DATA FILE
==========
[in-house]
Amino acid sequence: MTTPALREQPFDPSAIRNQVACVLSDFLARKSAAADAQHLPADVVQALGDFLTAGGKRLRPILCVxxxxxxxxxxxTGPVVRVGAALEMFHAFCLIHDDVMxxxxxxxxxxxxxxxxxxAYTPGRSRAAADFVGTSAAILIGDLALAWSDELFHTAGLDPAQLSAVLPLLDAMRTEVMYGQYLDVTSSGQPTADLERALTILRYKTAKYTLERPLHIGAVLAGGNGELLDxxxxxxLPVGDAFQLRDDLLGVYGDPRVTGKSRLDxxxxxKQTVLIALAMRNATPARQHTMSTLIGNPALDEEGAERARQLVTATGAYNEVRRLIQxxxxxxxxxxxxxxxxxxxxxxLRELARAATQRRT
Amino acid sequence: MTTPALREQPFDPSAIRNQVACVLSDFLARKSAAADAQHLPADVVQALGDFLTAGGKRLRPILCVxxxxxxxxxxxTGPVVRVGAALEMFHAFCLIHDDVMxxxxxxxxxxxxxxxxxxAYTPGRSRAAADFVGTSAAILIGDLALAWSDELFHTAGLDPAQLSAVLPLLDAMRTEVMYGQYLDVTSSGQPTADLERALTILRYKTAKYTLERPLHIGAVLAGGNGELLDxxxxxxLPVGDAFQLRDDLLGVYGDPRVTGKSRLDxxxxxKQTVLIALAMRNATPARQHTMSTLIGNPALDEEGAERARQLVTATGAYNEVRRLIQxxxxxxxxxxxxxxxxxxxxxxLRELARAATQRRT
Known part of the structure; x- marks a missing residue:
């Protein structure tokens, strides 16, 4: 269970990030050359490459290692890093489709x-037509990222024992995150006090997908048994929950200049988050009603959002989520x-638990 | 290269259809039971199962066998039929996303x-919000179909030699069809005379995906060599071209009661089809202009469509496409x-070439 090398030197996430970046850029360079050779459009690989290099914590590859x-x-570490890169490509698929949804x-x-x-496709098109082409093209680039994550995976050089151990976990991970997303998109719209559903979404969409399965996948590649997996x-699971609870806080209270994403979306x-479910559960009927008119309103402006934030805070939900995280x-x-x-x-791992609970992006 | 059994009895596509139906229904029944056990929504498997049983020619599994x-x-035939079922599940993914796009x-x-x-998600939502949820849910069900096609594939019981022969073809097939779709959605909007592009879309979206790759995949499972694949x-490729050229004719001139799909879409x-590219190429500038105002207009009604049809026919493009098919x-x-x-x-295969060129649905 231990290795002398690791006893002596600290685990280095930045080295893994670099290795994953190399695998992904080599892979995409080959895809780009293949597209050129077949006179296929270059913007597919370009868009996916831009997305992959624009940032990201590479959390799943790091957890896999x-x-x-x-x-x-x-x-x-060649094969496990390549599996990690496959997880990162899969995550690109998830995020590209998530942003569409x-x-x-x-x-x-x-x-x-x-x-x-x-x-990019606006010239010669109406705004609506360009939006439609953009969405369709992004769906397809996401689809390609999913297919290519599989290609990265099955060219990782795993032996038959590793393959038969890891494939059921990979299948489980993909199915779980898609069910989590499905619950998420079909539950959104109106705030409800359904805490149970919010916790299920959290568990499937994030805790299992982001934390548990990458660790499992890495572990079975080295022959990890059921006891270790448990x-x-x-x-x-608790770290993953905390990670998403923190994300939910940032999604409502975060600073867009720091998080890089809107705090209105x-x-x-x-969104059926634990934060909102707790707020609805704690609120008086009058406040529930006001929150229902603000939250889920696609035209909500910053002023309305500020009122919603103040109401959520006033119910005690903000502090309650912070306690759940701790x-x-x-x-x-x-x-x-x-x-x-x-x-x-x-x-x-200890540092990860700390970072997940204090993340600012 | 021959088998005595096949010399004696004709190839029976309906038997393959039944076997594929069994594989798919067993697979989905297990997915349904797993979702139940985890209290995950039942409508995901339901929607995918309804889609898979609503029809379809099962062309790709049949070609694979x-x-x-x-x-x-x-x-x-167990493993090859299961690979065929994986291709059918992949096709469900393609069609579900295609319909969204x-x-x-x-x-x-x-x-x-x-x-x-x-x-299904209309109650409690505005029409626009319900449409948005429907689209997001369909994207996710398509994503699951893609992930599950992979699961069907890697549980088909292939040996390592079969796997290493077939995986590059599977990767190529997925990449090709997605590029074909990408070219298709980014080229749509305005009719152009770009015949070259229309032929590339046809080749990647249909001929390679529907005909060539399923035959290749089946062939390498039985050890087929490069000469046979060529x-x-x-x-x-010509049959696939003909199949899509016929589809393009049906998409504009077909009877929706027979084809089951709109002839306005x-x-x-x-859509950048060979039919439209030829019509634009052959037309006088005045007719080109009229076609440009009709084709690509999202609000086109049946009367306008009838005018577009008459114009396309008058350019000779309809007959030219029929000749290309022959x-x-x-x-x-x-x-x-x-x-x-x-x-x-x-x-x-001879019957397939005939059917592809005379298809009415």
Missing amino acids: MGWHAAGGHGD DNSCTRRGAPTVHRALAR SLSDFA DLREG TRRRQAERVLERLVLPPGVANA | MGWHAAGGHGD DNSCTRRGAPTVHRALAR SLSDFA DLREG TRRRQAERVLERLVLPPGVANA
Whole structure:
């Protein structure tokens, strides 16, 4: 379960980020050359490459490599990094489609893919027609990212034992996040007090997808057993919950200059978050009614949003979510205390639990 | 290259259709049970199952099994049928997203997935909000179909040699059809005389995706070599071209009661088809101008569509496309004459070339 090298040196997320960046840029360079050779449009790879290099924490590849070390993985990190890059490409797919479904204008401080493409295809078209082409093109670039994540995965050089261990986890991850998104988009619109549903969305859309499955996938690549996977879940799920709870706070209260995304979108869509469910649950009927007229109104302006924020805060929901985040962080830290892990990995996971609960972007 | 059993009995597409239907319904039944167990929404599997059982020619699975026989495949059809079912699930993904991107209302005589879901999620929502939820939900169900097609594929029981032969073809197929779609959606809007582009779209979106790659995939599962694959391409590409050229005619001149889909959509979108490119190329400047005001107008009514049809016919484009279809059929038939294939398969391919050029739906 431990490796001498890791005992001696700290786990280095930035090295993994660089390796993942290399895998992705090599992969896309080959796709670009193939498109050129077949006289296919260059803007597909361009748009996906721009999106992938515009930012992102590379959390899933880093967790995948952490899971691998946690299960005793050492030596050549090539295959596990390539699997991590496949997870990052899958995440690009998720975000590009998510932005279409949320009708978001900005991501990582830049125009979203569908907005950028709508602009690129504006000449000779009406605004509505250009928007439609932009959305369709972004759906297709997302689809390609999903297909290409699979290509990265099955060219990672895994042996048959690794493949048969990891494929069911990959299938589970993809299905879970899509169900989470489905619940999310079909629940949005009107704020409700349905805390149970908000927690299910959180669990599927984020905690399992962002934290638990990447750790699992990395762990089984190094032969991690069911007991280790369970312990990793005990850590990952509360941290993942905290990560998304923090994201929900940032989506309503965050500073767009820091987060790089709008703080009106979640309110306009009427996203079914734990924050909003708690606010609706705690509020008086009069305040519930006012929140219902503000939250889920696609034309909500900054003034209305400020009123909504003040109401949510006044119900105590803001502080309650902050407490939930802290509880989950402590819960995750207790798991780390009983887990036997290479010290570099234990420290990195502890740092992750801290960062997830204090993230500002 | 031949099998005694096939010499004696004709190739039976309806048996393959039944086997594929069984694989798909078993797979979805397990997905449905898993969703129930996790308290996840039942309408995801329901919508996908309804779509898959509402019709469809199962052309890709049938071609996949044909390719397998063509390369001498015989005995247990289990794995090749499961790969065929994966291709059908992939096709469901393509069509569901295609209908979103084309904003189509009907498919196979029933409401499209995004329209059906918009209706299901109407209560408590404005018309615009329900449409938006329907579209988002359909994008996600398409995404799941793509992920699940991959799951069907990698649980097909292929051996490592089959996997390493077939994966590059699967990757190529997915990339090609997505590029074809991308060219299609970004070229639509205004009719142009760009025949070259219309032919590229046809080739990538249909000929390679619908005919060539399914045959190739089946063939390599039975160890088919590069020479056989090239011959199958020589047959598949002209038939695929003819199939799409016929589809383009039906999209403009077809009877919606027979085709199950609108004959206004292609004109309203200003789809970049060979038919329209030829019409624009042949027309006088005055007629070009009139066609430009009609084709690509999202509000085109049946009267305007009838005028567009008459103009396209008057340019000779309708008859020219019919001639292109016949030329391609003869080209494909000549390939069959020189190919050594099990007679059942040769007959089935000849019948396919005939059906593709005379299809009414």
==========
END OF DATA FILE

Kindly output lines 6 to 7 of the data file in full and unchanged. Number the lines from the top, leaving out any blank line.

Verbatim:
Missing amino acids: MGWHAAGGHGD DNSCTRRGAPTVHRALAR SLSDFA DLREG TRRRQAERVLERLVLPPGVANA | MGWHAAGGHGD DNSCTRRGAPTVHRALAR SLSDFA DLREG TRRRQAERVLERLVLPPGVANA
Whole structure: